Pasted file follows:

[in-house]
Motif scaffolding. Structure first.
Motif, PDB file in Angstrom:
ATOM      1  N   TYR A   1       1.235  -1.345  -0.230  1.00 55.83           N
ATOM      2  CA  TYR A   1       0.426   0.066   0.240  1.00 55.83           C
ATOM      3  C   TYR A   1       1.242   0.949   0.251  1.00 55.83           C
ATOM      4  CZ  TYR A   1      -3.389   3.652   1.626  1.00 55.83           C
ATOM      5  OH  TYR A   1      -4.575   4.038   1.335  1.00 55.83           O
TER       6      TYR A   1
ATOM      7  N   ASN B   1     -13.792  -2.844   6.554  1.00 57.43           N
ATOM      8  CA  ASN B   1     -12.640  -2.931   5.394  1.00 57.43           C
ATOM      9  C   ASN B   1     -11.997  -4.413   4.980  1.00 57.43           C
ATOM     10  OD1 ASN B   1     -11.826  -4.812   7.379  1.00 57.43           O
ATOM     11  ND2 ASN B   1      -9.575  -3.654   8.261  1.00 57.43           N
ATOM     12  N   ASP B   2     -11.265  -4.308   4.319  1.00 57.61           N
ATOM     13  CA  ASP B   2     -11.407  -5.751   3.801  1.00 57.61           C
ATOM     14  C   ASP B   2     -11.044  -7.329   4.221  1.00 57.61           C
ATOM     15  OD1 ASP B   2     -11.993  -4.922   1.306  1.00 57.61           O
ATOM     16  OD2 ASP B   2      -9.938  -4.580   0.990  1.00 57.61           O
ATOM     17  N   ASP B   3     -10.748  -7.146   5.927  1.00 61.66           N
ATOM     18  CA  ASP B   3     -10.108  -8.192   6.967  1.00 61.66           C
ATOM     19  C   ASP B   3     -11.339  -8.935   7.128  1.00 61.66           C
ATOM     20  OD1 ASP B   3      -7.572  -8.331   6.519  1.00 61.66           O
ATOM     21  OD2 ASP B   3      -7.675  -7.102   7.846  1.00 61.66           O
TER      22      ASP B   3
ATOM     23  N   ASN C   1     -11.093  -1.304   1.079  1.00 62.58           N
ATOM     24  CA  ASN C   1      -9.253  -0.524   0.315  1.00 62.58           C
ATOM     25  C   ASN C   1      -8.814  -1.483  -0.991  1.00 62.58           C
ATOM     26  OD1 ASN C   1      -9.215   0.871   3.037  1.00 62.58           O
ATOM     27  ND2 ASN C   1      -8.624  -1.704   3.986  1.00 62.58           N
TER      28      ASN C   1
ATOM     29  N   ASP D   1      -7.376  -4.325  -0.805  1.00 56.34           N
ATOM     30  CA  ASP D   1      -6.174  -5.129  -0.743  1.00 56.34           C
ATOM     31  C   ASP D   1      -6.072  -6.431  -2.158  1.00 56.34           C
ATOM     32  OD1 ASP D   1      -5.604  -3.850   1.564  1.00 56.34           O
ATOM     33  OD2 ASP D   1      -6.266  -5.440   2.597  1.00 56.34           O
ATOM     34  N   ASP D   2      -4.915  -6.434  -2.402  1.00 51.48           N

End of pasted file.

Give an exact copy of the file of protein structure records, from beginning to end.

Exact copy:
[in-house]
Motif scaffolding. Structure first.
Motif, PDB file in Angstrom:
ATOM      1  N   TYR A   1       1.235  -1.345  -0.230  1.00 55.83           N
ATOM      2  CA  TYR A   1       0.426   0.066   0.240  1.00 55.83           C
ATOM      3  C   TYR A   1       1.242   0.949   0.251  1.00 55.83           C
ATOM      4  CZ  TYR A   1      -3.389   3.652   1.626  1.00 55.83           C
ATOM      5  OH  TYR A   1      -4.575   4.038   1.335  1.00 55.83           O
TER       6      TYR A   1
ATOM      7  N   ASN B   1     -13.792  -2.844   6.554  1.00 57.43           N
ATOM      8  CA  ASN B   1     -12.640  -2.931   5.394  1.00 57.43           C
ATOM      9  C   ASN B   1     -11.997  -4.413   4.980  1.00 57.43           C
ATOM     10  OD1 ASN B   1     -11.826  -4.812   7.379  1.00 57.43           O
ATOM     11  ND2 ASN B   1      -9.575  -3.654   8.261  1.00 57.43           N
ATOM     12  N   ASP B   2     -11.265  -4.308   4.319  1.00 57.61           N
ATOM     13  CA  ASP B   2     -11.407  -5.751   3.801  1.00 57.61           C
ATOM     14  C   ASP B   2     -11.044  -7.329   4.221  1.00 57.61           C
ATOM     15  OD1 ASP B   2     -11.993  -4.922   1.306  1.00 57.61           O
ATOM     16  OD2 ASP B   2      -9.938  -4.580   0.990  1.00 57.61           O
ATOM     17  N   ASP B   3     -10.748  -7.146   5.927  1.00 61.66           N
ATOM     18  CA  ASP B   3     -10.108  -8.192   6.967  1.00 61.66           C
ATOM     19  C   ASP B   3     -11.339  -8.935   7.128  1.00 61.66           C
ATOM     20  OD1 ASP B   3      -7.572  -8.331   6.519  1.00 61.66           O
ATOM     21  OD2 ASP B   3      -7.675  -7.102   7.846  1.00 61.66           O
TER      22      ASP B   3
ATOM     23  N   ASN C   1     -11.093  -1.304   1.079  1.00 62.58           N
ATOM     24  CA  ASN C   1      -9.253  -0.524   0.315  1.00 62.58           C
ATOM     25  C   ASN C   1      -8.814  -1.483  -0.991  1.00 62.58           C
ATOM     26  OD1 ASN C   1      -9.215   0.871   3.037  1.00 62.58           O
ATOM     27  ND2 ASN C   1      -8.624  -1.704   3.986  1.00 62.58           N
TER      28      ASN C   1
ATOM     29  N   ASP D   1      -7.376  -4.325  -0.805  1.00 56.34           N
ATOM     30  CA  ASP D   1      -6.174  -5.129  -0.743  1.00 56.34           C
ATOM     31  C   ASP D   1      -6.072  -6.431  -2.158  1.00 56.34           C
ATOM     32  OD1 ASP D   1      -5.604  -3.850   1.564  1.00 56.34           O
ATOM     33  OD2 ASP D   1      -6.266  -5.440   2.597  1.00 56.34           O
ATOM     34  N   ASP D   2      -4.915  -6.434  -2.402  1.00 51.48           N